The biggest complaint that museum educators have about teachers is that they do not prepare students for trips. There is nothing quite so disheartening as asking a class of bright young students where they are and why they are here, to have them look blankly at you with no answers. That is a seemingly extreme case, but happens more often than you’d think. There can be a lot of reasons for why that is, but the truth of the matter is that when children are not prepped in advance of a cultural experience, they are not going to get as much out of it.
Teachers have so much on their plates, though. Who has time to plan trip-based lessons, as well as handle all of the logistics of busing, coordinating chaperones, and organizing permission slips? Most museums that offer school programs have pre-lessons available to teachers either on their website or by request . Contact the educator who will be working with you and make sure that you have any pre-visit materials that they suggest for your grade-level. Some programs will even expect that your group has been prepped by the time you arrive, so make sure to gather information about that when you book the trip.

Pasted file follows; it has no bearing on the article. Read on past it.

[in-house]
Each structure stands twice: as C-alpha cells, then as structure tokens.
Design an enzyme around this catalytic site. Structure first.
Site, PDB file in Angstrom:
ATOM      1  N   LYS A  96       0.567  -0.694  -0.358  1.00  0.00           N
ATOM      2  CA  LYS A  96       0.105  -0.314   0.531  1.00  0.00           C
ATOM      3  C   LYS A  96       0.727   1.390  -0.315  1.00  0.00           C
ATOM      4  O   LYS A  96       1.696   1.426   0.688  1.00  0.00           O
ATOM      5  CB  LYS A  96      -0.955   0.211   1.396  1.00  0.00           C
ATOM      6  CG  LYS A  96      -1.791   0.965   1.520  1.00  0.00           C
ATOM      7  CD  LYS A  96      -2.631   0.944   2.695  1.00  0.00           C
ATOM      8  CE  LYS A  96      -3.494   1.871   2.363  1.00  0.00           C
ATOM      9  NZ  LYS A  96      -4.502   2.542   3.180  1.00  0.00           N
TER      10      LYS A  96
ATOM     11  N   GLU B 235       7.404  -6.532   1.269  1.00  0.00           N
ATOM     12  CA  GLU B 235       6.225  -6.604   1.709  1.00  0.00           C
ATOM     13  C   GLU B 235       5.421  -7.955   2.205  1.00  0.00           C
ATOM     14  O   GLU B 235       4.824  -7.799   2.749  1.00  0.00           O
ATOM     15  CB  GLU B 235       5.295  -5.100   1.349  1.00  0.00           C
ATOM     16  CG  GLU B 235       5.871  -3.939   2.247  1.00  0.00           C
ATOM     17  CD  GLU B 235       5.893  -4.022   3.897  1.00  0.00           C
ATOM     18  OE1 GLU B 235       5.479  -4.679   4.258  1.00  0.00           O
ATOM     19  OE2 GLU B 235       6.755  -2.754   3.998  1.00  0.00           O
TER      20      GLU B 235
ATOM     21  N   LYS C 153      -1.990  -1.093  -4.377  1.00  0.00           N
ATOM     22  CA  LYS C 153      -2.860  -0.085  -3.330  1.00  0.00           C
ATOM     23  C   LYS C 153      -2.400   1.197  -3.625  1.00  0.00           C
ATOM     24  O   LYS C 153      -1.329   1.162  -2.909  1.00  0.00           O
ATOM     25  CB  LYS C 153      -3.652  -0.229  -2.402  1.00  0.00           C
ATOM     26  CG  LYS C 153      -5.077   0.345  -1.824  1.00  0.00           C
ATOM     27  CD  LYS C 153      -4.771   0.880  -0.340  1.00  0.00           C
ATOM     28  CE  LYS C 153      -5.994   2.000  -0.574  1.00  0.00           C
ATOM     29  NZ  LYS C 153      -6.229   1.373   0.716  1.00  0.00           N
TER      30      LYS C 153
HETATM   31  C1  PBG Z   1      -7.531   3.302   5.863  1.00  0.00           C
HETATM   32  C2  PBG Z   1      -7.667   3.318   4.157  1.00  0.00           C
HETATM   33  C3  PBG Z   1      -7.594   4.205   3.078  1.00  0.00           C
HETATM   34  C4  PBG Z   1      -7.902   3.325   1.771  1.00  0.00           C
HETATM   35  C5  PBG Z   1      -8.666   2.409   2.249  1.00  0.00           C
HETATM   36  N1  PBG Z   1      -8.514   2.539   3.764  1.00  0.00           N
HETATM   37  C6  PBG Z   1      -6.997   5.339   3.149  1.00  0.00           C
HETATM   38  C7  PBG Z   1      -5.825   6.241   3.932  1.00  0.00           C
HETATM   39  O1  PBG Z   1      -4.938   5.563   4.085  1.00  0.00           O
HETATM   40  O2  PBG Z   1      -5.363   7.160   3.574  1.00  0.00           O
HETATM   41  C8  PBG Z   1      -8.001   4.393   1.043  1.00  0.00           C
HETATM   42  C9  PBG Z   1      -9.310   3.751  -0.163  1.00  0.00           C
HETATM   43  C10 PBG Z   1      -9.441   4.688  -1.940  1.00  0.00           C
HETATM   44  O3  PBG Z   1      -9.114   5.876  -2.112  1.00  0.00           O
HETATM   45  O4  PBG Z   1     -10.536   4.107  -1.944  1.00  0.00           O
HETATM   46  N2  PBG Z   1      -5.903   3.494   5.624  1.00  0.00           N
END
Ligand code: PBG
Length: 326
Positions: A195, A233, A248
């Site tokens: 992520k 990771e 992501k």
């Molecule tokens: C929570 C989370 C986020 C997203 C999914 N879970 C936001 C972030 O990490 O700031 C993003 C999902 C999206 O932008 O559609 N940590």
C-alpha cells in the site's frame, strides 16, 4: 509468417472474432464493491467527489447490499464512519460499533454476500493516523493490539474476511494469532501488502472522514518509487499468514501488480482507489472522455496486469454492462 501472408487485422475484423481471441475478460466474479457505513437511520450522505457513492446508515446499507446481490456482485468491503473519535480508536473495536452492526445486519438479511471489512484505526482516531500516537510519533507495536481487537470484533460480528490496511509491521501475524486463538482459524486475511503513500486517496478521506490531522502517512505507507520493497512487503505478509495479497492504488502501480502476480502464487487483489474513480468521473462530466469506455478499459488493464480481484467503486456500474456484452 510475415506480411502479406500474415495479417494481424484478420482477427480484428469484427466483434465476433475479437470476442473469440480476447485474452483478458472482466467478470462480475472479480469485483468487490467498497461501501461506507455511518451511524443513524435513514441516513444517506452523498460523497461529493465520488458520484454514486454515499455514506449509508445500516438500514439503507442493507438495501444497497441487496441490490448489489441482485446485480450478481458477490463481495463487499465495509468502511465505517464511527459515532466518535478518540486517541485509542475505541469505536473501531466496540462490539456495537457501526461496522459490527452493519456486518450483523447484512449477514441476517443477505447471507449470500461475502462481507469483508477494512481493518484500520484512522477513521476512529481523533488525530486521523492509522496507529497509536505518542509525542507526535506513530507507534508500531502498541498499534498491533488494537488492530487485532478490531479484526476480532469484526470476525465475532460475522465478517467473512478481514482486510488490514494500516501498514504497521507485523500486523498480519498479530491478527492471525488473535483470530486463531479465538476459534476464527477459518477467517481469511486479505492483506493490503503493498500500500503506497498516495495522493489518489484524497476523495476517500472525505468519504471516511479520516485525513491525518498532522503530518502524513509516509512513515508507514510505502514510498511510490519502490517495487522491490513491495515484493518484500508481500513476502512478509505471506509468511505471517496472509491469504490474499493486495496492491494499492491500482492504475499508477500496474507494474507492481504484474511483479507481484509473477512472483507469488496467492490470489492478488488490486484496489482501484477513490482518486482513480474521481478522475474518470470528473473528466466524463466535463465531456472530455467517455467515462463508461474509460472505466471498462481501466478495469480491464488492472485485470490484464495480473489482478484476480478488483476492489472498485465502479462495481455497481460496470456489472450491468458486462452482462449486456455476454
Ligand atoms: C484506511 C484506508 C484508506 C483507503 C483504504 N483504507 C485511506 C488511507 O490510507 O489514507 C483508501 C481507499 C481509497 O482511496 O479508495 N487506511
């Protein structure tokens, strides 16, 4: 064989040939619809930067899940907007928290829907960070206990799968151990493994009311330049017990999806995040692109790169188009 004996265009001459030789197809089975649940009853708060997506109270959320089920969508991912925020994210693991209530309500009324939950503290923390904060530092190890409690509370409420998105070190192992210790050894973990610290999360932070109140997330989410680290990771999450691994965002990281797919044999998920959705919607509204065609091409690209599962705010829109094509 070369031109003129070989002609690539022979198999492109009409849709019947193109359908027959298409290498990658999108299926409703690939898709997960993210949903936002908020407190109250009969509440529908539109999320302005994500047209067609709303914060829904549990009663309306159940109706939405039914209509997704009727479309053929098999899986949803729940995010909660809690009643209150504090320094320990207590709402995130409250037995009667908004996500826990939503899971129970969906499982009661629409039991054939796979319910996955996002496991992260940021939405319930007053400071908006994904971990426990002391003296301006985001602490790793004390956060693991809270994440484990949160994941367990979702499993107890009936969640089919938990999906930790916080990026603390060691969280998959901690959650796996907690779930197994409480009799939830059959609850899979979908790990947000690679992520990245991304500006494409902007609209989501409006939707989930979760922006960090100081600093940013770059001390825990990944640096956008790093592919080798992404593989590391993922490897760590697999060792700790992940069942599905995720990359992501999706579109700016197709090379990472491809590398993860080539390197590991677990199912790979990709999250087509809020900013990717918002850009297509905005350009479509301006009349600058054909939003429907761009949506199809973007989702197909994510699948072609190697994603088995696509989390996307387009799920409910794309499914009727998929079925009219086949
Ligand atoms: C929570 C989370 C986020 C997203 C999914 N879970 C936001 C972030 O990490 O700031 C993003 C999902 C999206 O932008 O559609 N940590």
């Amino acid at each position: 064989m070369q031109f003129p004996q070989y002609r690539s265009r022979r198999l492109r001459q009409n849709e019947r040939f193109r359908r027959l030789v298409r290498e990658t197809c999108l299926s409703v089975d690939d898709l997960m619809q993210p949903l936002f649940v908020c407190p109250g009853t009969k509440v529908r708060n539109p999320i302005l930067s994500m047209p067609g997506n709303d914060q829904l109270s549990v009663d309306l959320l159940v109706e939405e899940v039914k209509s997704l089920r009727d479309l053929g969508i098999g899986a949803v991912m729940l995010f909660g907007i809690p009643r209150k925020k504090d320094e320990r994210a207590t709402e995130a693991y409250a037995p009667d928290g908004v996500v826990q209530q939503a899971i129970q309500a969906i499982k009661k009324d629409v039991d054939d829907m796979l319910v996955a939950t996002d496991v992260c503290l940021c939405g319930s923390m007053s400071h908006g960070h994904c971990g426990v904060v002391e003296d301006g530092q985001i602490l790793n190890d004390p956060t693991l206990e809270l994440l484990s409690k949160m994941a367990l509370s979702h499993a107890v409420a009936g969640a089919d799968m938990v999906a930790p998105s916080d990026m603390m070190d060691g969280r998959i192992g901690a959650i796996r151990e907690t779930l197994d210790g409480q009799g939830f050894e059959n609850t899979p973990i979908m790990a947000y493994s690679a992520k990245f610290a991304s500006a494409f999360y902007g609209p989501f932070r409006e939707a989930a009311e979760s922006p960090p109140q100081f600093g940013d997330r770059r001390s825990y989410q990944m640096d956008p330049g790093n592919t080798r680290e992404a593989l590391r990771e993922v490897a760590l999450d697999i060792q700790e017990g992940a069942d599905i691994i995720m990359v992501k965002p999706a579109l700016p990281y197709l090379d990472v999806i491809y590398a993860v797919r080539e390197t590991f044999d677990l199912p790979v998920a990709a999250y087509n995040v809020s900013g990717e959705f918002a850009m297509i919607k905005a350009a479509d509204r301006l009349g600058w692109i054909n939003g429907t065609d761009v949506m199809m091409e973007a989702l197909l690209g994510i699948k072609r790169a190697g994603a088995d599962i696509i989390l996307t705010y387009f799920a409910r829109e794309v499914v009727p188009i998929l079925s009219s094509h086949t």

In an ideal world, however, your museum trip will be the centerpiece of a unit to which it directly correlates. You will build up to the trip, so that students can have the prior knowledge to tap into, and build off of the excitement that comes from trip to extend student thinking and help ground concepts. The diagram you see is a basic outline for a unit involving a trip. Credit must be given to Roberta Altman of the American Museum of Natural History and Bank Street College of Education for the design. You can have as many lessons on either side of the trip that you want, but the most important classroom component is the culminating activity. Students love sharing what they have learned and it really allows you, as the teacher time to assess where they are in their progress.